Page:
Making an elephant dance
Churches called to new evangelistic paradigm of ‘dynamism and diversity,’ speaker tells multicultural conference
August 5, 2014
FORT WORTH, Texas
Trying to revitalize traditional churches’ mission and evangelism efforts is like trying to make an elephant dance, a renowned global ecumenical leader told the 15th National Multicultural Churches Conference of the Presbyterian Church (U.S.A.) Aug. 2 here.
In a rapidly changing global context, “there is an urgent need for us to reform the paradigms of evangelistic and mission efforts,” said the Rev. Jooseop Keum, a minister in the Presbyterian Church of Korea and secretary for the World Council of Churches’ Commission on World Mission and Evangelism (CWME).
“Mission and evangelism take place today in a radically changing landscape and so should be characterized by radically changing paradigms,” he said.
For instance, when the first CWME gathering was held in Edinburgh in 1910, 70 percent of the world’s Christians lived in Europe and North America. Today, while the percentage of the world’s population that is Christian is the same as a century ago — about 30 percent — 70 percent of them live in the global South.
Other dramatic changes in the last century include threats to the environment, the evolution of the global economy, Keum said, and “the rise of a strong Pentecostal movement, which is now the second largest Christian tradition in the world, just after the Roman Catholics. They have a storng missional fervor — how can we learn from the Pentecostals?”
Keum outlined the new WCC/CWME statement on mission and evangelism, “Together Toward Life,” which he said is characterized by “dynamism and diversity.”
In Asia there is a saying, Keum said: “‘It is difficult to make an elephant dance.’ Our denominational efforts have become an elephant. Let’s see if the Holy Spirit can make this elephant dance.”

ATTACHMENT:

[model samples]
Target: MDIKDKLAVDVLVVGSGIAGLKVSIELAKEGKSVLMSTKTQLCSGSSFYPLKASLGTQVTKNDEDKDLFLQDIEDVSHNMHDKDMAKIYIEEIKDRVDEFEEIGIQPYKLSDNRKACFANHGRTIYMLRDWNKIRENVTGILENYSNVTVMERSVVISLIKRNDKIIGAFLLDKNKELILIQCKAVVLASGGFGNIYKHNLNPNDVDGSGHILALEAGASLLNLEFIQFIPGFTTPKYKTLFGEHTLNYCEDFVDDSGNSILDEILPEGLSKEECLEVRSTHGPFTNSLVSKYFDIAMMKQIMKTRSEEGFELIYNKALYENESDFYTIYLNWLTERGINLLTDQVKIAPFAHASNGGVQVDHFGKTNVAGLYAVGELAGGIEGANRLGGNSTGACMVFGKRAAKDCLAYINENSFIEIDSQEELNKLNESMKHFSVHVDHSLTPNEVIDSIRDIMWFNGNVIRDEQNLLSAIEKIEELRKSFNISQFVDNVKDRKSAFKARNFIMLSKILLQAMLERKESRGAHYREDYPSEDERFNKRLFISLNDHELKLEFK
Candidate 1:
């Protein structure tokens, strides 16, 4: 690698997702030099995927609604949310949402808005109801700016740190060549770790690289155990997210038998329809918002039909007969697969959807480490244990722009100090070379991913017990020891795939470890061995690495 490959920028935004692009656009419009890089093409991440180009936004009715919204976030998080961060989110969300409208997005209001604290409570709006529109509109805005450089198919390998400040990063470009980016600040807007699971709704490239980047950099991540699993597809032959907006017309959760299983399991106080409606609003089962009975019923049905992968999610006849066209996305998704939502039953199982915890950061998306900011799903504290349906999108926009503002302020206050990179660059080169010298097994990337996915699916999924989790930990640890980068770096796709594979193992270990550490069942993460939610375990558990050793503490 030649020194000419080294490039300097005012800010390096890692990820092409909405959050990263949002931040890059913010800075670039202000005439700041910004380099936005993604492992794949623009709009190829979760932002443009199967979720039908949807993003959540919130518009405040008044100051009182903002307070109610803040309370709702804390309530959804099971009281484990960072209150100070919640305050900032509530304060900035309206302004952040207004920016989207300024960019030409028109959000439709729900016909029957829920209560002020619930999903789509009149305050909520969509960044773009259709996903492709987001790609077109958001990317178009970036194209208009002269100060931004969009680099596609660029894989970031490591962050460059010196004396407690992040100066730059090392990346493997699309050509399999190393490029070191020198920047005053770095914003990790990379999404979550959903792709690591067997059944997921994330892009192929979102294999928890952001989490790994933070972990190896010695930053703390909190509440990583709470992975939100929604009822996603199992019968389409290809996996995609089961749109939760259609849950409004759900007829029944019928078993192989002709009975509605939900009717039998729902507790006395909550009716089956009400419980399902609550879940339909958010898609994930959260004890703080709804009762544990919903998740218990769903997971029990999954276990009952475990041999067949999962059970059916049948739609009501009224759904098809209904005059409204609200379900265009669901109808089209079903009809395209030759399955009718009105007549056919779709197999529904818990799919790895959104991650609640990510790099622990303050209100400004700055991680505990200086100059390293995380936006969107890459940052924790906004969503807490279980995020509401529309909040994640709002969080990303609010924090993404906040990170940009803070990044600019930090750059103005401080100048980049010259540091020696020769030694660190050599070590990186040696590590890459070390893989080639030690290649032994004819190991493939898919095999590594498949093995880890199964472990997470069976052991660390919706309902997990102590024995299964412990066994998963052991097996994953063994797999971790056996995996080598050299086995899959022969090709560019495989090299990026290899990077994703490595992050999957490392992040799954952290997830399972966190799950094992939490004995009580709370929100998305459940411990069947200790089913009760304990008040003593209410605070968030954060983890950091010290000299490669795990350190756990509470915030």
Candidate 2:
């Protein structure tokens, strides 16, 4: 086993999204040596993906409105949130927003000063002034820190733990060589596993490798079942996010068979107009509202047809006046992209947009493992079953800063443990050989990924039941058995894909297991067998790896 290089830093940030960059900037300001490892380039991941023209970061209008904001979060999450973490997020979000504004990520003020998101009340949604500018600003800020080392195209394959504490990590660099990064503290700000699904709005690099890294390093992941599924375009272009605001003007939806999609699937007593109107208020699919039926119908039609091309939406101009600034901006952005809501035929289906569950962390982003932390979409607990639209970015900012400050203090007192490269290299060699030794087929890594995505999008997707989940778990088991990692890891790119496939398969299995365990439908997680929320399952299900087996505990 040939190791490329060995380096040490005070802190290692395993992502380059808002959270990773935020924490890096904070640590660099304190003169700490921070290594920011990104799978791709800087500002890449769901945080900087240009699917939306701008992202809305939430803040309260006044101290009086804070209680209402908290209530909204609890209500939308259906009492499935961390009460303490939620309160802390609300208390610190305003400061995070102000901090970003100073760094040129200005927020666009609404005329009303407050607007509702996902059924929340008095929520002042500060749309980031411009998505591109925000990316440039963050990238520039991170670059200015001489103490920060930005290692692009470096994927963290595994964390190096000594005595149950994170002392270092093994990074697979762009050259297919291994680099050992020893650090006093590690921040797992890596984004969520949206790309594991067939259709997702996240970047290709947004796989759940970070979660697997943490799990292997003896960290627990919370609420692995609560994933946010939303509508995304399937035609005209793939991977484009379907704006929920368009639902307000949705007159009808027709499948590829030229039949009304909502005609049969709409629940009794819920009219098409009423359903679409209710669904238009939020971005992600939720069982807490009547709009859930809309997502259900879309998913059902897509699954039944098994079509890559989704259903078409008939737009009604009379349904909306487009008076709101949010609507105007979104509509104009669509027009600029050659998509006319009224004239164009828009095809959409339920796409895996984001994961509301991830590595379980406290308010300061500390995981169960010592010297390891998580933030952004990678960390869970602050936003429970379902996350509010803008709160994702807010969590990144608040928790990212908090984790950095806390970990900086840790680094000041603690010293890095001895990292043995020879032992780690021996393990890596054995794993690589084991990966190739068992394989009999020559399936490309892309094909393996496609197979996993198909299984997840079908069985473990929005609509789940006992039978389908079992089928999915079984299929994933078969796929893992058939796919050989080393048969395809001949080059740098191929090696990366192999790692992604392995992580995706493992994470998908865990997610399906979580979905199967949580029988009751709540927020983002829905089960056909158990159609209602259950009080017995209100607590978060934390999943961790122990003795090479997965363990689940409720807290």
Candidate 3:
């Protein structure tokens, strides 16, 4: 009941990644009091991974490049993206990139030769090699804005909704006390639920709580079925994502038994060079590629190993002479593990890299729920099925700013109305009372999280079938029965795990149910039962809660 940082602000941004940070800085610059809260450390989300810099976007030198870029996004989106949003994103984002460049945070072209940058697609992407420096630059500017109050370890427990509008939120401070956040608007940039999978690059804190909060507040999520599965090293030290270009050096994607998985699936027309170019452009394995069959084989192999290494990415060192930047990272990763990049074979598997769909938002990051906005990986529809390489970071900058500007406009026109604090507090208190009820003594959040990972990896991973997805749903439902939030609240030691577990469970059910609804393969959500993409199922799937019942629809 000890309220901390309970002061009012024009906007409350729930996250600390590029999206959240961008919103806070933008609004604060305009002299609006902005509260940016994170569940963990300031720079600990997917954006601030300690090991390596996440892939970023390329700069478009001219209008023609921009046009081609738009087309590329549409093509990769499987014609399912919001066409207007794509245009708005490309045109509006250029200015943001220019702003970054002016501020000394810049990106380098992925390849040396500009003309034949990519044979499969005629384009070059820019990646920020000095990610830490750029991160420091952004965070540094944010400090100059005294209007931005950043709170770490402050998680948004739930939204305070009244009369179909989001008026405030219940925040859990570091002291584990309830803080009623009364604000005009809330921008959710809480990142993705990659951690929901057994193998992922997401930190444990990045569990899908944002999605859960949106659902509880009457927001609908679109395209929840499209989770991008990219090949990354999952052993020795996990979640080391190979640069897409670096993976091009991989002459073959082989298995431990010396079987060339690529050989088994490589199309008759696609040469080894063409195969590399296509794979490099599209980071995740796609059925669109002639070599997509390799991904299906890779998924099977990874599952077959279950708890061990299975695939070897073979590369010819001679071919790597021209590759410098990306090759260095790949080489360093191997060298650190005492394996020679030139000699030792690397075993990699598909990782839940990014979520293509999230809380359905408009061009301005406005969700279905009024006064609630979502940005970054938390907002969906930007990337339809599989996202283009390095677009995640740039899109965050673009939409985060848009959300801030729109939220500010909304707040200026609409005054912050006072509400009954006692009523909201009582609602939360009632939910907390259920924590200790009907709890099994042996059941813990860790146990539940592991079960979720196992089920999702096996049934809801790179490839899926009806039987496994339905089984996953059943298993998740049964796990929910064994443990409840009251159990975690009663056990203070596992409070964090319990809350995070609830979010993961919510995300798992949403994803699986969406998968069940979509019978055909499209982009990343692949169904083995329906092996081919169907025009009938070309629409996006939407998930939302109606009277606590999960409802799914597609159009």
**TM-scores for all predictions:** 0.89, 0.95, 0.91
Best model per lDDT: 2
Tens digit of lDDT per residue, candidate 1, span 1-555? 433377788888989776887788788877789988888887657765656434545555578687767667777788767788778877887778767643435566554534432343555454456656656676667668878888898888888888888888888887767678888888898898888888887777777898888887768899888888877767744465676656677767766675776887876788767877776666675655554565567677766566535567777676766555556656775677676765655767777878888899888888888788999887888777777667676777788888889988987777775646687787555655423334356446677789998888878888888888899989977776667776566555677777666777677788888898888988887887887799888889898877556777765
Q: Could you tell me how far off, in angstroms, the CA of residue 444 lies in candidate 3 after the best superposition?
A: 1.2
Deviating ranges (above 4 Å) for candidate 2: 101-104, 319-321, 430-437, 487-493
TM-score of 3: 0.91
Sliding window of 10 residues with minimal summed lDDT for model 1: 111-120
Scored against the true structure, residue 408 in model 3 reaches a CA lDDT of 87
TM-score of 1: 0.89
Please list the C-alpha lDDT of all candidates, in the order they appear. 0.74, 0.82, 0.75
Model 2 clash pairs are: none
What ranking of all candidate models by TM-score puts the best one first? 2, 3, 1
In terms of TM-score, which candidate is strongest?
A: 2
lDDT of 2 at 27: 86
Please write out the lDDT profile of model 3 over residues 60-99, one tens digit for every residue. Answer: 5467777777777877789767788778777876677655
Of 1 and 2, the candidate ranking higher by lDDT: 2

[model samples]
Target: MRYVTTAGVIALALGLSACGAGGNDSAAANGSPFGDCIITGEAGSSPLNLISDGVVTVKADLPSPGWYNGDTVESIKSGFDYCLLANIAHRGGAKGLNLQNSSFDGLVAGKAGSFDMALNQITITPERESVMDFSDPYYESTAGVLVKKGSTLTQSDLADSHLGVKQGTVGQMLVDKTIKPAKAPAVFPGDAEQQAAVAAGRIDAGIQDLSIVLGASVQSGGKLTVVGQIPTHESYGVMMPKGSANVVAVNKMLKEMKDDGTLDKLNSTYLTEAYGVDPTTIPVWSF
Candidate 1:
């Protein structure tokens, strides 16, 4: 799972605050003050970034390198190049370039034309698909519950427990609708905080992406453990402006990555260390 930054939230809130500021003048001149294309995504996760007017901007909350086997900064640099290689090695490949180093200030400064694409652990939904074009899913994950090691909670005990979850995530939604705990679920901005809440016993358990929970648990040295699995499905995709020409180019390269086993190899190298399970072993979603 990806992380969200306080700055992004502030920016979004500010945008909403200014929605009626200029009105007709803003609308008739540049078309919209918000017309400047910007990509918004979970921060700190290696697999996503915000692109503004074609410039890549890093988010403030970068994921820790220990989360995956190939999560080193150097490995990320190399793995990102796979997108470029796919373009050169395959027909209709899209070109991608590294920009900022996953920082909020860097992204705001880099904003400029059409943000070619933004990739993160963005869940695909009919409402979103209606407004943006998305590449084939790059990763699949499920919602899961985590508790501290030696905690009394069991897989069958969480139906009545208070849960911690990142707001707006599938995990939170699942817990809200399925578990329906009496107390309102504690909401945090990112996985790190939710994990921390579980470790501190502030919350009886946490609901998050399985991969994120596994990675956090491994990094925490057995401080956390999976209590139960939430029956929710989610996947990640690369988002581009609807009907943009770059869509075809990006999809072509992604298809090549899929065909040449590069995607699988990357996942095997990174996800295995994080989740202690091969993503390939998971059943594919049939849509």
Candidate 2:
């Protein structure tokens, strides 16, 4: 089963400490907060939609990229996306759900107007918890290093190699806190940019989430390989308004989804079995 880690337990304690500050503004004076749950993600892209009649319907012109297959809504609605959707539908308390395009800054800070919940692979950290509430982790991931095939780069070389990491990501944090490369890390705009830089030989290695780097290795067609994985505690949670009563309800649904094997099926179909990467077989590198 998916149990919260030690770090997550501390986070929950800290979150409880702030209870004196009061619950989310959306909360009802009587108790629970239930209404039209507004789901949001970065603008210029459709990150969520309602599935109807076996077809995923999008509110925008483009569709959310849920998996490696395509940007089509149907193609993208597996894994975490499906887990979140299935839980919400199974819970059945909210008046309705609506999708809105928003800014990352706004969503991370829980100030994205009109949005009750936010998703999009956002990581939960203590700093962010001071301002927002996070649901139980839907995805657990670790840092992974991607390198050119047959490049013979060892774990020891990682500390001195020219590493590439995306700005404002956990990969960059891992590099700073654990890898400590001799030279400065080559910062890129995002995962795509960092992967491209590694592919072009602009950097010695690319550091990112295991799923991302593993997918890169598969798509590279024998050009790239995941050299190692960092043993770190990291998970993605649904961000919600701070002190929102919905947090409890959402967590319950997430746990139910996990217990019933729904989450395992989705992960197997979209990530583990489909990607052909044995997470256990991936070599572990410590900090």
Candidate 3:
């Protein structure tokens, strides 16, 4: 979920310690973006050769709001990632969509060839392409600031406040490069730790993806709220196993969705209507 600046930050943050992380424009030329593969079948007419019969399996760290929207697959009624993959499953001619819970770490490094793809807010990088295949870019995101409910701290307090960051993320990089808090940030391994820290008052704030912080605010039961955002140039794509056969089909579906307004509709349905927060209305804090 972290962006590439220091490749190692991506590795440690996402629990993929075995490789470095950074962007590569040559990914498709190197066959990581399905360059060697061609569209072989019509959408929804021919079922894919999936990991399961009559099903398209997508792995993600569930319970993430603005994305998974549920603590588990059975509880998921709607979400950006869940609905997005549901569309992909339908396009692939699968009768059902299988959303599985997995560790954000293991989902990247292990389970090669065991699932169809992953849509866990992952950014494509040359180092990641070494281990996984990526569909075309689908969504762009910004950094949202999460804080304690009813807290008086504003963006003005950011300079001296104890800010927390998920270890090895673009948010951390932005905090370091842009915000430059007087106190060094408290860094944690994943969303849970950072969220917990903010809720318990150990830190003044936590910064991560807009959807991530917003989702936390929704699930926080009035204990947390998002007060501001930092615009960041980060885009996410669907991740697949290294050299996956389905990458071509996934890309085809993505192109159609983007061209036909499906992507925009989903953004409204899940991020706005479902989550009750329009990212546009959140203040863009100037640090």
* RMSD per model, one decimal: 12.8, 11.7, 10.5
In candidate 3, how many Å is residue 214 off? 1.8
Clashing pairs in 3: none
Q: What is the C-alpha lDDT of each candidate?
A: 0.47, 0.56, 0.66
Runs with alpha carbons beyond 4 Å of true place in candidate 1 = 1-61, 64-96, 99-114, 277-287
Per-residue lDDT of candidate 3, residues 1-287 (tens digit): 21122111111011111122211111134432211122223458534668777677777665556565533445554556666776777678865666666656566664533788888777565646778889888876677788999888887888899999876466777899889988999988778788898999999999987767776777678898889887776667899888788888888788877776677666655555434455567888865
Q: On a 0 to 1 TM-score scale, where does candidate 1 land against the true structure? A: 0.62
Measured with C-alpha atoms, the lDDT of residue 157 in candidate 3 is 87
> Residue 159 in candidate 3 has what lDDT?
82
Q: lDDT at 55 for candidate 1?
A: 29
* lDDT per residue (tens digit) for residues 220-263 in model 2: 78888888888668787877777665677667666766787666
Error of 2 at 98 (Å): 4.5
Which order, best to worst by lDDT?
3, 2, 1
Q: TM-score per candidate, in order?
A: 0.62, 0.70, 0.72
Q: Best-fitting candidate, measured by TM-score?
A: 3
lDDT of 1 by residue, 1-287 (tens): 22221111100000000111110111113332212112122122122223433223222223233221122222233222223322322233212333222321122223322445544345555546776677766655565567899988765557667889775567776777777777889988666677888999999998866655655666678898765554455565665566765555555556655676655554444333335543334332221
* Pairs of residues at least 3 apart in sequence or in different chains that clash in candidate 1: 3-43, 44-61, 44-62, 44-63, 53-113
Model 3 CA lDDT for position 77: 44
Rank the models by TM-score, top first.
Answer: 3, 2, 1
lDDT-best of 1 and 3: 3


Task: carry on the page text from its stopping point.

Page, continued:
Christians believe in the triune God, Keum said, “the God who is constantly seeking to redeem creation; Jesus Christ, whose mission is the redemption of that creation; and the Holy Spirit, who is constantly calling us to the life-giving mission of God.”
Mission “begins at the heart of the triune God … and the love that binds together the Holy Trinity and all of creation,” Keum said. “We should be a community of hope that celebrates the life-giving God and transforms the life-destroying forces in the world.”
This life in the Holy Spirit, Keum continued, “is the essence of mission — a creative gift of God that through the spiritual commitment of God’s people is capable of transforming the world in God’s image.”
The history of Christian mission has been characterized by movement from the demographic center (Europe and North America) to the margins of Africa, Latin America and Asia, “but today is radically different, with the global South leading the way, radically changing the Christian landscape,” Keum said — “a shift of gravity in Christendom.”
Traditional mission concepts of the privileged evangelizing the marginalized are not biblical, Keum insisted. “Those at the margins believe they have been claimed by the Holy Spirit and are the true agents of transformation,” he said. They know that God chose the poor, the foolish and the powerless as His agents, so we must transform our thinking from ‘mission to the margins’ to ‘mission from the margins.’”
We are living in a world in which faith in money threatens the credibility of the Gospel, Keum said. “Global markets through unlimited growth will not save us — only Jesus Christ will save the world.”
The economic salvation myth “is a threat to both the economic life and the spiritual life of all creation,” Keum said. “How can we proclaim Christian values in the global market? If we can’t save souls in the pews, how can we save souls in the market? Do we have our missionaries on Wall Street? This is a serious challenge to our mission and evangelism.”
Though sharing our faith in a radically secularized world is extremely difficult, Keum said, “All churches are called to be vibrant messengers of the Gospel of Jesus Christ — a humble but confident sharing of our faith with all. If we are only sharing the love of Christ within the gated community of the church, we are doing something wrong.”
The church “is the gift of God for the world, not for ourselves, for the living presence of God in the world,” Keum said.
“God uses the whole of created beings for God’s mission without any discrimination,” Keum said. “The church of Christ, then, must become a diverse community, to bring healing and reconciliation, not division, which is not acceptable in any circumstances.”